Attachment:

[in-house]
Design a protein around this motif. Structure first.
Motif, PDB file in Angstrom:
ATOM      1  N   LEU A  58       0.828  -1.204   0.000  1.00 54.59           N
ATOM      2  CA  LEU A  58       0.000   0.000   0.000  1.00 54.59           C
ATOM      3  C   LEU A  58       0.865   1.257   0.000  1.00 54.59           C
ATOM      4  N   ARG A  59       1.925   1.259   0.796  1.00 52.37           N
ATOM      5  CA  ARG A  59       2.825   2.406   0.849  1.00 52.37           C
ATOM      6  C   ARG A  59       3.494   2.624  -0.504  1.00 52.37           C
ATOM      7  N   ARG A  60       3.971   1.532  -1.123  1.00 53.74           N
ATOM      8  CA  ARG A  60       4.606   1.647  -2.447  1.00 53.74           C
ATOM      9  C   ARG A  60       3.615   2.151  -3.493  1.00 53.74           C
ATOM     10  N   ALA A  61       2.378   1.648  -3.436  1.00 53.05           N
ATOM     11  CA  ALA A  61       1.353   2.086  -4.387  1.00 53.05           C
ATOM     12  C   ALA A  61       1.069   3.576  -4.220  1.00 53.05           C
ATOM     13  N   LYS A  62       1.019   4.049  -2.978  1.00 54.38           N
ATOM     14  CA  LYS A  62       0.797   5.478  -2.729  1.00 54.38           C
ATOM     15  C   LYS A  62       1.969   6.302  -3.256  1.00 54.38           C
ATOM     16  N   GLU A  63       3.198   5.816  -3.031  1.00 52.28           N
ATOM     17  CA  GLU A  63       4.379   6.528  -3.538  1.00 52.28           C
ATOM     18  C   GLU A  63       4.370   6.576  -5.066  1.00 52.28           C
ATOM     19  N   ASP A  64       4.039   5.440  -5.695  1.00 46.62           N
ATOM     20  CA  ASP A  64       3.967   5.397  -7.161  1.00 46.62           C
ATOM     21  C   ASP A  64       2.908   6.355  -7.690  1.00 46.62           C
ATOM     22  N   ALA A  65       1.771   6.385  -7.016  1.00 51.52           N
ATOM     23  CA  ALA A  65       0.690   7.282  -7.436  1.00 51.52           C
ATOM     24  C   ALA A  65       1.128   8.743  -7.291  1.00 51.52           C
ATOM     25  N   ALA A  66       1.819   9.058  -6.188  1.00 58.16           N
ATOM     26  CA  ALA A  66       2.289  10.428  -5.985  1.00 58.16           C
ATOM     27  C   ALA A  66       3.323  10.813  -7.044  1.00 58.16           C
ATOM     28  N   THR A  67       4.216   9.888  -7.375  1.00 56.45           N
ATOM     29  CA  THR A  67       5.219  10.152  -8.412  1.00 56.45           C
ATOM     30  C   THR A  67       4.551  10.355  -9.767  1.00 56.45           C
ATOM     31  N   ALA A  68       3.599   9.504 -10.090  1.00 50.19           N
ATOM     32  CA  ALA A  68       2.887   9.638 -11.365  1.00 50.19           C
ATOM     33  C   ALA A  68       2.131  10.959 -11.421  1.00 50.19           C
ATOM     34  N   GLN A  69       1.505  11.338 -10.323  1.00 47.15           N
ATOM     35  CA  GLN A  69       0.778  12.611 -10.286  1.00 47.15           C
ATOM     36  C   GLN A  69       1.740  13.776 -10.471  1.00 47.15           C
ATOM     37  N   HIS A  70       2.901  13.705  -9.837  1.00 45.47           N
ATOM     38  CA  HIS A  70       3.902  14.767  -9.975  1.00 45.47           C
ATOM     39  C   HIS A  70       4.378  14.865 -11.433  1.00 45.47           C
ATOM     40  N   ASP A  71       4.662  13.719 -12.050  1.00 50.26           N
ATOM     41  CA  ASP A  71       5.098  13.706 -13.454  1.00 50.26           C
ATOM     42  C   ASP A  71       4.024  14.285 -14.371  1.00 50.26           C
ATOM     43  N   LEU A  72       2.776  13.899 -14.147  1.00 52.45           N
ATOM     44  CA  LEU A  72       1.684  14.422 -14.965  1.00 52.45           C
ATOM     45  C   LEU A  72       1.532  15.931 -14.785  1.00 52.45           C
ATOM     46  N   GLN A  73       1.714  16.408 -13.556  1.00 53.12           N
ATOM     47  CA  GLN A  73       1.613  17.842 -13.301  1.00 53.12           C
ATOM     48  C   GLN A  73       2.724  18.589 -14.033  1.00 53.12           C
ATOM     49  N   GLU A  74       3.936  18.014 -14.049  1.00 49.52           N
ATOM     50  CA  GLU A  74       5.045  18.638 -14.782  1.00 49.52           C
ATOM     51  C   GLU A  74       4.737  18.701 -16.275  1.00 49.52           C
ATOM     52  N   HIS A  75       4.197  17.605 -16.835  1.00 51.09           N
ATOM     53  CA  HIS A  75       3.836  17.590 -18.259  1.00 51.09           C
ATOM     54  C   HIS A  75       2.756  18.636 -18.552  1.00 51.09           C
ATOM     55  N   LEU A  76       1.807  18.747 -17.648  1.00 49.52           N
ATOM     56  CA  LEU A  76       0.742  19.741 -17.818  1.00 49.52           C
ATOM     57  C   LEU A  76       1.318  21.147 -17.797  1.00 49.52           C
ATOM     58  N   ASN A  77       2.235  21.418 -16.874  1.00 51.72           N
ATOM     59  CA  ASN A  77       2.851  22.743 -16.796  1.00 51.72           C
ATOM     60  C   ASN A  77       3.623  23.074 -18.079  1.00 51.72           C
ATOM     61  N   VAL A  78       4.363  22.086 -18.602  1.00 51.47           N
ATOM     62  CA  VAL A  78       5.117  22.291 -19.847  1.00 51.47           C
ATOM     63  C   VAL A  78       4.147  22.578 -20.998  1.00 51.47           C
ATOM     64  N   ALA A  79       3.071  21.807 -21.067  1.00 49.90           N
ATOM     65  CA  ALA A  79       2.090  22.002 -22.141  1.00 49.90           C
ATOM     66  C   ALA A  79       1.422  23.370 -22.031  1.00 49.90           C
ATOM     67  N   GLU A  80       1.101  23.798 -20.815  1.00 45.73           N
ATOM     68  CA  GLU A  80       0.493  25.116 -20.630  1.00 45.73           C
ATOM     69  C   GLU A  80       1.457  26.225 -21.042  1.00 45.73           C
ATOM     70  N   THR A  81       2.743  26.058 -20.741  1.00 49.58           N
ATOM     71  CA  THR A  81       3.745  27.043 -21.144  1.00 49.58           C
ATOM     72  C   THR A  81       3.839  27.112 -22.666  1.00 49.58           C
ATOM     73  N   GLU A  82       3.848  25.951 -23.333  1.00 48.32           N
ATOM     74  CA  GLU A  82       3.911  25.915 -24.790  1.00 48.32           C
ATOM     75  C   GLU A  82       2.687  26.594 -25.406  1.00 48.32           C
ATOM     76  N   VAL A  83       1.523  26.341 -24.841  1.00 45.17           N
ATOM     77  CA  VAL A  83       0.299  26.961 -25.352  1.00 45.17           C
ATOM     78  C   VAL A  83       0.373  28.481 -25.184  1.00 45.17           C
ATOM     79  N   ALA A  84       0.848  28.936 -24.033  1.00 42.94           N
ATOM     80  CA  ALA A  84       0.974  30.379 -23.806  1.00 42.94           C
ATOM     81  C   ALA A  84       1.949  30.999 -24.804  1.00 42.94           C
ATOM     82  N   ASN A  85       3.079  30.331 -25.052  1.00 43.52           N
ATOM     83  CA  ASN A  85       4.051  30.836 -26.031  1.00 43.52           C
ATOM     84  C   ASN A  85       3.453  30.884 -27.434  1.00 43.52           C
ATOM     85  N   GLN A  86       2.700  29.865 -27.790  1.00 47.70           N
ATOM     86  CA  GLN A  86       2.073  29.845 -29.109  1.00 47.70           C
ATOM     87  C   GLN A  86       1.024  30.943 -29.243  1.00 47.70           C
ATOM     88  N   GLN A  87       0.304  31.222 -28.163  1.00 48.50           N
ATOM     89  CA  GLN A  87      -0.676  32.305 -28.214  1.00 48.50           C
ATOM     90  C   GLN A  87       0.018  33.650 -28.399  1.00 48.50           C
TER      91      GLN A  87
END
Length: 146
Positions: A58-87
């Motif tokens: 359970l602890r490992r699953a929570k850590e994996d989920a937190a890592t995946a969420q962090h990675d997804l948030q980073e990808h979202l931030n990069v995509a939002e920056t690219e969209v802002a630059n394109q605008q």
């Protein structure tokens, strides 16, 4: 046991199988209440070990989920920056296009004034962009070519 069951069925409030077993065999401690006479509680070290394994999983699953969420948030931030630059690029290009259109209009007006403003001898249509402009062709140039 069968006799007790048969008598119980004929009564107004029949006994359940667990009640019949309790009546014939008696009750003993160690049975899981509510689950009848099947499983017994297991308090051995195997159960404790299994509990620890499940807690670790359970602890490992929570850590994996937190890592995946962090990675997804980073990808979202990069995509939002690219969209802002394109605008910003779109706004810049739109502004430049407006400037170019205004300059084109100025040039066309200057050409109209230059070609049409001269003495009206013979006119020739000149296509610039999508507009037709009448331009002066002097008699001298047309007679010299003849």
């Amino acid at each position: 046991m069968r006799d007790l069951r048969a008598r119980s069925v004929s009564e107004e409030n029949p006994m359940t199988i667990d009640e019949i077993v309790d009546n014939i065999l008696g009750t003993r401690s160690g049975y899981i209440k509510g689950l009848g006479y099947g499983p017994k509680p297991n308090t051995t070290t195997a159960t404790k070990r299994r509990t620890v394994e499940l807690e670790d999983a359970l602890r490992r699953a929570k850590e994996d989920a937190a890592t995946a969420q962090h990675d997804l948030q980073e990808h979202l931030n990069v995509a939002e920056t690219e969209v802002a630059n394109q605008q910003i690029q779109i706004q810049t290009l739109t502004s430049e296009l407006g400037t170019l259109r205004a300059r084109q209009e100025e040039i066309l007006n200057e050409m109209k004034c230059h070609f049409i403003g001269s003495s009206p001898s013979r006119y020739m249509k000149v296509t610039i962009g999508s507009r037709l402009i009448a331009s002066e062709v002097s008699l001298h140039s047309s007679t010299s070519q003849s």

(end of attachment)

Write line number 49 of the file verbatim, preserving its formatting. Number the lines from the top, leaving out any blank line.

ATOM     46  N   GLN A  73       1.714  16.408 -13.556  1.00 53.12           N